Voluntary departure from workforce shuts door on eligibility for TTD benefits
Case name: State ex rel. Pierron v. Industrial Commission of Ohio, et al., No. 2007-1460 (Ohio 10/15/08).
What it means:
When an injured worker's separation and departure from the workforce is unrelated to his industrial injury, he is ineligible for temporary total disability compensation under Ohio law.
Summary: After suffering serious injuries in 1973 while working as a telephone lineman, the claimant continued to work for the employer for 23 years in a light-duty warehouse job. However, when the employer eliminated the light-duty position in 1997, it told the claimant he could either retire or be laid off. He chose to retire. Several years later, he sought TTD benefits. The Ohio Supreme Court upheld the Court of Appeals' decision that because the claimant's retirement from his warehouse job did not result from his industrial injury, his retirement could not be considered involuntary. He was therefore barred from receiving TTD compensation.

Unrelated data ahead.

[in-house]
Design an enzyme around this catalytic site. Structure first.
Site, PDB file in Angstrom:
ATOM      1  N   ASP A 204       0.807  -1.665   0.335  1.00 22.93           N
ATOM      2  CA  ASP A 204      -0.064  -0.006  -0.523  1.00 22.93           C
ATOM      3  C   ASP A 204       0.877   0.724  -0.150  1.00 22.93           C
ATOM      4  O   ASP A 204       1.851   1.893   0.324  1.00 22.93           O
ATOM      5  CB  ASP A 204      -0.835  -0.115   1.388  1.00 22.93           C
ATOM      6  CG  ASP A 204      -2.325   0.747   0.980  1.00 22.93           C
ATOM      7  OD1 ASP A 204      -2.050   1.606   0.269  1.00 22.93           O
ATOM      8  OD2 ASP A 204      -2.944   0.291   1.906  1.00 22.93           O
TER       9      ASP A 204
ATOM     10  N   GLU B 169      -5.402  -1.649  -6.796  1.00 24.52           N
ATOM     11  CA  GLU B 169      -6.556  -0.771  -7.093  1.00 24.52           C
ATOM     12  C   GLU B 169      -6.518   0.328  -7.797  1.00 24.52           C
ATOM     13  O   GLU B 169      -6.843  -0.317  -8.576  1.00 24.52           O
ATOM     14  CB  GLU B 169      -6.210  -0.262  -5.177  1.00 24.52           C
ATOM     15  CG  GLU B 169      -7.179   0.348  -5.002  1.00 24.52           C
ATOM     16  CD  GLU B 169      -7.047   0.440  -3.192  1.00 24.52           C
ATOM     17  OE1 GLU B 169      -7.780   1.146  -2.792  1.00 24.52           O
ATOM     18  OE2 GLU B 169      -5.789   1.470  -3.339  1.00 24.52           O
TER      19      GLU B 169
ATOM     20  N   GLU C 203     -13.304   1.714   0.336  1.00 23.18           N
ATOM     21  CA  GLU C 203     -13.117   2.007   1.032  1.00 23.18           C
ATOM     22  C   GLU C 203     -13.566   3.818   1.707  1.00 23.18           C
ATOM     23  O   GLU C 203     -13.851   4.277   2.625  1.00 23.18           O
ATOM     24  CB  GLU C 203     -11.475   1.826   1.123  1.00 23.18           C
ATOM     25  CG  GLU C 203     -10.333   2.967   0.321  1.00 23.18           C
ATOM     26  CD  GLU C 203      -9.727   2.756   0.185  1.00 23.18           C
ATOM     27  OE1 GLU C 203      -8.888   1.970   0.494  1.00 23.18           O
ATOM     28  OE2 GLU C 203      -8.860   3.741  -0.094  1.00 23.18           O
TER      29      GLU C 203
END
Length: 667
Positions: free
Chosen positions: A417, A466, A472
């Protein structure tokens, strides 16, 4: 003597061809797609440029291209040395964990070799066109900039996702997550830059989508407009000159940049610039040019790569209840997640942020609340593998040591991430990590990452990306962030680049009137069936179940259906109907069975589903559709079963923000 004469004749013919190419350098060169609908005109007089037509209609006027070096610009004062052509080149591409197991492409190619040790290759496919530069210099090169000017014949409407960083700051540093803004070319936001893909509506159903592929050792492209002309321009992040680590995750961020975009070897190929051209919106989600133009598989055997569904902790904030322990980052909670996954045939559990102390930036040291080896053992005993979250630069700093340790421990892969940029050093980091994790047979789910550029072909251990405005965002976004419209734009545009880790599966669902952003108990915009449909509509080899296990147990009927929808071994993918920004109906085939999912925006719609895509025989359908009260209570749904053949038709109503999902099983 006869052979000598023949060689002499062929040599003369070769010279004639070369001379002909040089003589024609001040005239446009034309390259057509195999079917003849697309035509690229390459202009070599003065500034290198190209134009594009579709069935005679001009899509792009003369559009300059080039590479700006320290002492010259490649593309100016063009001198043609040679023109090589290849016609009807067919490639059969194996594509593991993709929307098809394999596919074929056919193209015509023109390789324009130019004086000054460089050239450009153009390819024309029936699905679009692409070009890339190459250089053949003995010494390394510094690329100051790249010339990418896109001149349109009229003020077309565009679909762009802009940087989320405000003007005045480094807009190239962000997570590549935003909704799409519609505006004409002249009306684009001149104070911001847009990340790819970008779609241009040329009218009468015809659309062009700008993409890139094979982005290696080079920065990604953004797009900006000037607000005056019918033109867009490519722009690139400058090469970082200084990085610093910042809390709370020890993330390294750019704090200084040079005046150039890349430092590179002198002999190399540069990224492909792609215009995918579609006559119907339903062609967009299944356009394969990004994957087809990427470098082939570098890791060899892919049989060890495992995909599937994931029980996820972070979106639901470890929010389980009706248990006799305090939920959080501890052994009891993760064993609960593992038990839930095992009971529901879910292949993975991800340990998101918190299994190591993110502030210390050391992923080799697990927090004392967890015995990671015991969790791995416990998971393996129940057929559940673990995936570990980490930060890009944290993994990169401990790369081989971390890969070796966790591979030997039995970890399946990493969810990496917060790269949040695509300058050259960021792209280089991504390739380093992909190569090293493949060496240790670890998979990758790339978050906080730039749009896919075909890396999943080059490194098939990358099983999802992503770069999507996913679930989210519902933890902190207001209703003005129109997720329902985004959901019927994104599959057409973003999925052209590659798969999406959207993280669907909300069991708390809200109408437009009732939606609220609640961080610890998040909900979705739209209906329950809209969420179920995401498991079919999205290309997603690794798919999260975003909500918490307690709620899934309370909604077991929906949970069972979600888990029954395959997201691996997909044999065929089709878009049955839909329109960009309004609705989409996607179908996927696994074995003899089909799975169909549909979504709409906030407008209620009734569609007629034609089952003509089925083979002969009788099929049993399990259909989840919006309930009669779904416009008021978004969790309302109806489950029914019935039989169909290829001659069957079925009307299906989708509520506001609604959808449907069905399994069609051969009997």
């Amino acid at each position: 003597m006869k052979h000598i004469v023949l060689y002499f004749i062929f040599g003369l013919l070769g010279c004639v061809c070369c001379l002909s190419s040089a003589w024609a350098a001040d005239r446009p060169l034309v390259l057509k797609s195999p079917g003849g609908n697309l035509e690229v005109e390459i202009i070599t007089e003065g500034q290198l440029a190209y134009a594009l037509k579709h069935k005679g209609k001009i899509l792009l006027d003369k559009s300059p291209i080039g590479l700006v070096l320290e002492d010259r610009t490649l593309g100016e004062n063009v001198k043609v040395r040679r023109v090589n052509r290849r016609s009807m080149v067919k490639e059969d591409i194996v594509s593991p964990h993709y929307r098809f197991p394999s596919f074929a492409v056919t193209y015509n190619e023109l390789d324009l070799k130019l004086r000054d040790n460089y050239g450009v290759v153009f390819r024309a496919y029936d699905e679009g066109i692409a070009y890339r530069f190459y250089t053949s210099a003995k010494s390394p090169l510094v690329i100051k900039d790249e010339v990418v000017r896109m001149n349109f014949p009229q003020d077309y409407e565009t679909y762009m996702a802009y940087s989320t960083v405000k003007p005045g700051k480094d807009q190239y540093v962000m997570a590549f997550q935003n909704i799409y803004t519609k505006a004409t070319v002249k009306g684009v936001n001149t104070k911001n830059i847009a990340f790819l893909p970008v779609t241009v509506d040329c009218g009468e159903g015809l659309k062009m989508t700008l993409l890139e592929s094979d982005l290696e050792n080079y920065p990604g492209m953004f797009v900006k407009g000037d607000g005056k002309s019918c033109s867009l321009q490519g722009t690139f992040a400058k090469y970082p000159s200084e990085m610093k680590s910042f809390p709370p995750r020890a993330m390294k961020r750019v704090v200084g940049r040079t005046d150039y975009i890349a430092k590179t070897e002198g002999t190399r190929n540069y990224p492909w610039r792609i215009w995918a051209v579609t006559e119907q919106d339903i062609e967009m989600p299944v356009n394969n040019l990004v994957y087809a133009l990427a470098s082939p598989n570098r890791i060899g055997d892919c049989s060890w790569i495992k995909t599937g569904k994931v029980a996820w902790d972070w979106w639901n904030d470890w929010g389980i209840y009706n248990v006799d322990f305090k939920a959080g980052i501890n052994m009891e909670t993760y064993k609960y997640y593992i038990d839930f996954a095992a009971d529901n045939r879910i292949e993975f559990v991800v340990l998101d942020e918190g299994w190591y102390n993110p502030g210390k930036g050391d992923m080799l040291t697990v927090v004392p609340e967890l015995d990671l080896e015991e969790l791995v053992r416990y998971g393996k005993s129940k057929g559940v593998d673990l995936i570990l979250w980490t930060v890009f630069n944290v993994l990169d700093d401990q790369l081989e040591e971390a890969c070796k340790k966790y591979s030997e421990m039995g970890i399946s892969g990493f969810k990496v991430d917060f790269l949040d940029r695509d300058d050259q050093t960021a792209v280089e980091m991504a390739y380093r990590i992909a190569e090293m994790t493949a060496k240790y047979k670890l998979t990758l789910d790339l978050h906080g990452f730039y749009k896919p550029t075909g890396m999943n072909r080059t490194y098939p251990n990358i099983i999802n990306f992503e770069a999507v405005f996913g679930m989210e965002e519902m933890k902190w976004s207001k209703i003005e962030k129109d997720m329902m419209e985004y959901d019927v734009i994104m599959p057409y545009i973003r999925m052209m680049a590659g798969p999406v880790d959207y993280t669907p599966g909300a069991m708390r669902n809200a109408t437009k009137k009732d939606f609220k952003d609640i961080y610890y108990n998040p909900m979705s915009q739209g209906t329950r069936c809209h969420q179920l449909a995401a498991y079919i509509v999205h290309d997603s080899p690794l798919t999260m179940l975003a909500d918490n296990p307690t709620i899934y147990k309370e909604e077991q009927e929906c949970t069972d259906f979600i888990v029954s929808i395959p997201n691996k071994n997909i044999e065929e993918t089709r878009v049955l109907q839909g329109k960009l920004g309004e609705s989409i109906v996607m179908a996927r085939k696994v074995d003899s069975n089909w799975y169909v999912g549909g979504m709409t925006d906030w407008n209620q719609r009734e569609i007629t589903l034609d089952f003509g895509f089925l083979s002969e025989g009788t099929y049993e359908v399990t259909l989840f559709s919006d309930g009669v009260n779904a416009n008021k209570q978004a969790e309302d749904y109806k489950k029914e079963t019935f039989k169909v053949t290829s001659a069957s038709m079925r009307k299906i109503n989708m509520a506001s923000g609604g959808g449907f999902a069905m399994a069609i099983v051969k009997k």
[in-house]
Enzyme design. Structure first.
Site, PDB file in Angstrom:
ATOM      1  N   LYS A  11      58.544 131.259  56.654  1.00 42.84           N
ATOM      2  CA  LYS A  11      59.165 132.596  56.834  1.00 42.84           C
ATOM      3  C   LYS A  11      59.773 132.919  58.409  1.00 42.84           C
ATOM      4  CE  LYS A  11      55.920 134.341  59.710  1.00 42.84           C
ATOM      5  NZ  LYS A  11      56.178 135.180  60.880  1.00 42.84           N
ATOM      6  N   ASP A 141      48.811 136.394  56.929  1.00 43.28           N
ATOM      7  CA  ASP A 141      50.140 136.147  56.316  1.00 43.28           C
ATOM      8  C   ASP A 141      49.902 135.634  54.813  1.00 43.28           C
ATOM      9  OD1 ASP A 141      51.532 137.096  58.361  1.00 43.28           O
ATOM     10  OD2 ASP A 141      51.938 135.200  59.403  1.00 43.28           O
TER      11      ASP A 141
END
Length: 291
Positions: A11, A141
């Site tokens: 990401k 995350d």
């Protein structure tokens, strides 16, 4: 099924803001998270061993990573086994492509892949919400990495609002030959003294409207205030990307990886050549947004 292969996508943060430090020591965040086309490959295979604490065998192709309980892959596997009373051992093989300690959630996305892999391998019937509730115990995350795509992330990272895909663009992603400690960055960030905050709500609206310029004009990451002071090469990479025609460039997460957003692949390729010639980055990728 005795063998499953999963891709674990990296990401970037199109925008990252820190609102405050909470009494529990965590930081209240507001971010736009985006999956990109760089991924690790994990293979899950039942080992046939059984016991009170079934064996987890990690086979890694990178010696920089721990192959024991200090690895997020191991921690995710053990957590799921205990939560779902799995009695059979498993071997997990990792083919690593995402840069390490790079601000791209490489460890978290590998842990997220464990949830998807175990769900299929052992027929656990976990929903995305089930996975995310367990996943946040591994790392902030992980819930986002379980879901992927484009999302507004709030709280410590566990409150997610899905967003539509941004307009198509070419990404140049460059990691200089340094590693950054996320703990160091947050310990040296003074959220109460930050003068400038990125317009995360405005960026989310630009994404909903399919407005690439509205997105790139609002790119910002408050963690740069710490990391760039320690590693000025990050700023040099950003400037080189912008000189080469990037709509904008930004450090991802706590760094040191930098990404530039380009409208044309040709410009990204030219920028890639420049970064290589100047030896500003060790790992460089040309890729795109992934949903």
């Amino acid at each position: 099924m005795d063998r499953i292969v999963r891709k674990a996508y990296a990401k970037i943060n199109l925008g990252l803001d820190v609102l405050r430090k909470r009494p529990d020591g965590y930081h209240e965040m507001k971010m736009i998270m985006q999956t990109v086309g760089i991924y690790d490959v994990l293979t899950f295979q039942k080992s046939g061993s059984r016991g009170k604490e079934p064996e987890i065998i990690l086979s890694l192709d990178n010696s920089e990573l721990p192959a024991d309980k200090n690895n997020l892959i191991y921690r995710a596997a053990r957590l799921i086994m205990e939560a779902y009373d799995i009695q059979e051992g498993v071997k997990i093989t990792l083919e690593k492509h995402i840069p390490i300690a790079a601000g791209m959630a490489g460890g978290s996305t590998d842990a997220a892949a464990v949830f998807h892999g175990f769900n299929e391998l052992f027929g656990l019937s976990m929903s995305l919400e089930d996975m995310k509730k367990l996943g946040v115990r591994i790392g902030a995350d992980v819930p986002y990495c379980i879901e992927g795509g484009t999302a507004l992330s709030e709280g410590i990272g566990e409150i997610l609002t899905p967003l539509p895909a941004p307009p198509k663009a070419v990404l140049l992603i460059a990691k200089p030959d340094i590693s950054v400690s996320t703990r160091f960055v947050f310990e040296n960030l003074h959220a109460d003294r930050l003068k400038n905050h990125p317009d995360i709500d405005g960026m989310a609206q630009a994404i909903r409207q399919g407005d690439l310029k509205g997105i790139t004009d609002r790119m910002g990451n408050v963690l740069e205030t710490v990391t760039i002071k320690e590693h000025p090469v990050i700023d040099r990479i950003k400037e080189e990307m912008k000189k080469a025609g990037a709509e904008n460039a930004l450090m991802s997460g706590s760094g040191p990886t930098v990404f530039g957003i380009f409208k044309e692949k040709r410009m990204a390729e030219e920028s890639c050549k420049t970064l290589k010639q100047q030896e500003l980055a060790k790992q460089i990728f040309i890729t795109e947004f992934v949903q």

The Supreme Court acknowledged that the claimant did not initiate the departure from his employment, but stated that he was still required to prove a causal relationship between his industrial injury and "either his departure from [the employer] or his voluntary decision to no longer be actively employed." It noted that the claimant's failure to search for employment in the years after his light-duty job was eliminated "evinced an intent to leave the work force."
The court further reasoned that "workers' compensation benefits were never intended to subsidize lost or diminished earnings attributable to lifestyle decisions." In the court's view, because the claimant's departure from the workforce was not "motivated by injury," it was presumed to be a lifestyle choice.
November 17, 2008
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